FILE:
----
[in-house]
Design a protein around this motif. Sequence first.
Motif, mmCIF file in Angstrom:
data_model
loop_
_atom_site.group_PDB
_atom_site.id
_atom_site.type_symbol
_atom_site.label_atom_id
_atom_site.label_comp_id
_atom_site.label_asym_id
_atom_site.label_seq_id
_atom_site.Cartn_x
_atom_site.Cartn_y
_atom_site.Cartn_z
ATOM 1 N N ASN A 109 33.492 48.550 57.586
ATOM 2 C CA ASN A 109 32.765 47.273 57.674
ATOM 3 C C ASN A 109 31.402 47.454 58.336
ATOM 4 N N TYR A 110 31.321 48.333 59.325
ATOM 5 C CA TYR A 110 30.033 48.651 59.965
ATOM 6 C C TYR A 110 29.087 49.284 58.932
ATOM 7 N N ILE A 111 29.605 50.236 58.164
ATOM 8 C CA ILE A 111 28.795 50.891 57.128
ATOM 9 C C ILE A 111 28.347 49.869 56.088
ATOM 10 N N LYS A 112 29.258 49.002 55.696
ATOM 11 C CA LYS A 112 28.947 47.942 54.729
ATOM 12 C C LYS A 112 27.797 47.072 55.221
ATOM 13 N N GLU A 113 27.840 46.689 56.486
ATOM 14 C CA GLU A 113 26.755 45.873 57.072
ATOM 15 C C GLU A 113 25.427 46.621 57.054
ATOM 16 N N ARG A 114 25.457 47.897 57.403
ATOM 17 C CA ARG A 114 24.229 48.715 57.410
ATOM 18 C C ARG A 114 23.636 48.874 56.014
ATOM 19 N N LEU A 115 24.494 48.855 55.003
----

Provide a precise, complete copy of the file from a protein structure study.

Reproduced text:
[in-house]
Design a protein around this motif. Sequence first.
Motif, mmCIF file in Angstrom:
data_model
loop_
_atom_site.group_PDB
_atom_site.id
_atom_site.type_symbol
_atom_site.label_atom_id
_atom_site.label_comp_id
_atom_site.label_asym_id
_atom_site.label_seq_id
_atom_site.Cartn_x
_atom_site.Cartn_y
_atom_site.Cartn_z
ATOM 1 N N ASN A 109 33.492 48.550 57.586
ATOM 2 C CA ASN A 109 32.765 47.273 57.674
ATOM 3 C C ASN A 109 31.402 47.454 58.336
ATOM 4 N N TYR A 110 31.321 48.333 59.325
ATOM 5 C CA TYR A 110 30.033 48.651 59.965
ATOM 6 C C TYR A 110 29.087 49.284 58.932
ATOM 7 N N ILE A 111 29.605 50.236 58.164
ATOM 8 C CA ILE A 111 28.795 50.891 57.128
ATOM 9 C C ILE A 111 28.347 49.869 56.088
ATOM 10 N N LYS A 112 29.258 49.002 55.696
ATOM 11 C CA LYS A 112 28.947 47.942 54.729
ATOM 12 C C LYS A 112 27.797 47.072 55.221
ATOM 13 N N GLU A 113 27.840 46.689 56.486
ATOM 14 C CA GLU A 113 26.755 45.873 57.072
ATOM 15 C C GLU A 113 25.427 46.621 57.054
ATOM 16 N N ARG A 114 25.457 47.897 57.403
ATOM 17 C CA ARG A 114 24.229 48.715 57.410
ATOM 18 C C ARG A 114 23.636 48.874 56.014
ATOM 19 N N LEU A 115 24.494 48.855 55.003